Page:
After looking for a year they found a large house overlooking Porth Beach in the hollow between two sloping hills, and they used all their savings to buy it. The name chosen for the property was "Lindscott", combining their surname with their association with Scotland.

This was later changed to "Lynscott" and became an hotel when joined to the adjacent house called "Seaforth", and has recently been renamed as "Porth Beach Hotel".

Soon after settling in their first daughter, Diana, was born.

Within a few months Lindsay had completed his first, and most famous, fantasy novel called "A Voyage to Arcturus" which was published by Methuen in September 1920, the first publisher to whom it had been submitted.

It relates space travel to the planet Tormance orbiting the star Arcturus where new colours and senses appear to the hero, Maskull - it was a spiritual voyage, much like "The Pilgrim’s Progress" by John Bunyan. But only 600 copies were sold, producing little income.

C.S. Lewis based his early novels on it: "A Voyage to Venus", later changed to "Perelandra" (1943), "Out of the Silent Planet" (1938) and "The Dark Tower" - the many similarities are striking. J.R.R. Tolkien wrote to a friend: "I read ‘A Voyage to Arcturus’ with avidity."


Next from the pen of Lindsay came "The Haunted Woman" set on earth in a large house with a secret staircase that led to rooms that overlooked live scenes from the past.

But the plot was in the mould of a society romance of the time.

This too was no great success and sold poorly. His third novel, "Sphinx" of 1923 contained a new idea - a machine for recording dreams invented by a man who arrives at Newleigh Station - and was published by John Long.

It too failed to sell well. A second daughter, Helen, had been born in 1921 so the Lindsay’s financial position was becoming desperate.

Unlike Lewis and Tolkien who were university professors with a steady income, Lindsay was dependent on his royalties to survive.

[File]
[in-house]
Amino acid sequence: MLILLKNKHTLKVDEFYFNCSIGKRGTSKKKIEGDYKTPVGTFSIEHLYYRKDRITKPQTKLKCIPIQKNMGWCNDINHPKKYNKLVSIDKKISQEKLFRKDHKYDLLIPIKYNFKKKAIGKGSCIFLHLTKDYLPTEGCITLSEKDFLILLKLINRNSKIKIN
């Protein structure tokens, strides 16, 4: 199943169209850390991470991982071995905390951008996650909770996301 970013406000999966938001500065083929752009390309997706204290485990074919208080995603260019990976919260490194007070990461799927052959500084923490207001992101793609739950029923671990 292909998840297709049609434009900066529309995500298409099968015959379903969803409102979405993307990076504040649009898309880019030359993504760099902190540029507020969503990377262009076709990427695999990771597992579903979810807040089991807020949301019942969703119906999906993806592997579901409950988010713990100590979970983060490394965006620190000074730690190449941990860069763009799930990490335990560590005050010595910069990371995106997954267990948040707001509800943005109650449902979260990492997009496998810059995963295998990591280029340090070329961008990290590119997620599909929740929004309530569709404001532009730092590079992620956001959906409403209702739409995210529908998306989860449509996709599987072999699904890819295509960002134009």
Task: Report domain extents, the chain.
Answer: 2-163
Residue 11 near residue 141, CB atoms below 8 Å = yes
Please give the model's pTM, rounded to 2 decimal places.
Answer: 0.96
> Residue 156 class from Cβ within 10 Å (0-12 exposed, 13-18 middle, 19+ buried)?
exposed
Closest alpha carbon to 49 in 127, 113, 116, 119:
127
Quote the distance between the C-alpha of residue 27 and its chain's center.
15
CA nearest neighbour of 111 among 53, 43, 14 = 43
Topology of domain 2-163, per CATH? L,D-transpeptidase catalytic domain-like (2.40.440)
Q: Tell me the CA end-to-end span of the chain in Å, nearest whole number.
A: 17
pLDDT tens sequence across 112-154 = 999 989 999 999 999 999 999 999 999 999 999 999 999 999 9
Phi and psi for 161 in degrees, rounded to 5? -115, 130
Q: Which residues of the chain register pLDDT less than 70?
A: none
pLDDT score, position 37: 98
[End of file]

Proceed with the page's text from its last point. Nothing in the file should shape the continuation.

Rapidly a fourth novel was written, "The Adventures of Monsieur de Mailly", with the help of Jacqueline. Set in 17th century France it was a swashbuckling tale of intrigue and swordplay in the court of King Louis XIV, and lacked the intense spiritual themes of earlier books.

Two other novels were written in Lynscott, "The Violet Apple" and "The Witch", but were not published until the 1970s.

But Lynscott had to be sold. Mrs. Ethel Coburn bought it and took in boarders, while the Lindsays moved to a small cottage in Trevelgue half a mile away.

Here they stayed until 1929 when they moved out of Cornwall to a small house in Ferring, near Bognor Regis, in Sussex.

Here Lindsay rewrote his final book, a classic called "Devils Tor", from the first version that had been composed in Lynscott.

Set on stormy Dartmoor, it was published by Putman in 1932. But it proved difficult to read and again failed to generate much income.

In 1938 the family moved again, this time to Hove and into a larger house where Jacqueline took in guests, mostly French students learning English, to make some extra money.

With World War II, Lindsay was seriously wounded by flying glass while sitting in his bath as a German bomb exploded nearby.

After recovering, in June 1945 an abscess in a tooth infected his blood and, without treatment, one side of his jaw was completely destroyed and his lower lip had rotted with gangrene. This killed him.

Today he is a famous, respected and serious writer with most of his books in print in paperback, and studied in universities worldwide. Colin Wilson pronounced "A Voyage to Arcturus" as "the greatest imaginative work of the 20th Century," and it was from the peace and isolation of Porth in the 1920s that his genius flourished and his ideas developed.


8th December 2004

Dr John Williams 16th December 2013 12:44
Who is Neil Pedlar? I went to school in Newquay with a Neil Pedlar in the early 60´s. Is this the same NP?
Lesley Stanhope 24th April 2019 10:20
How sad that a genius like Lindsay was unable to earn a decent living from his writings when those ideas are now making millions for others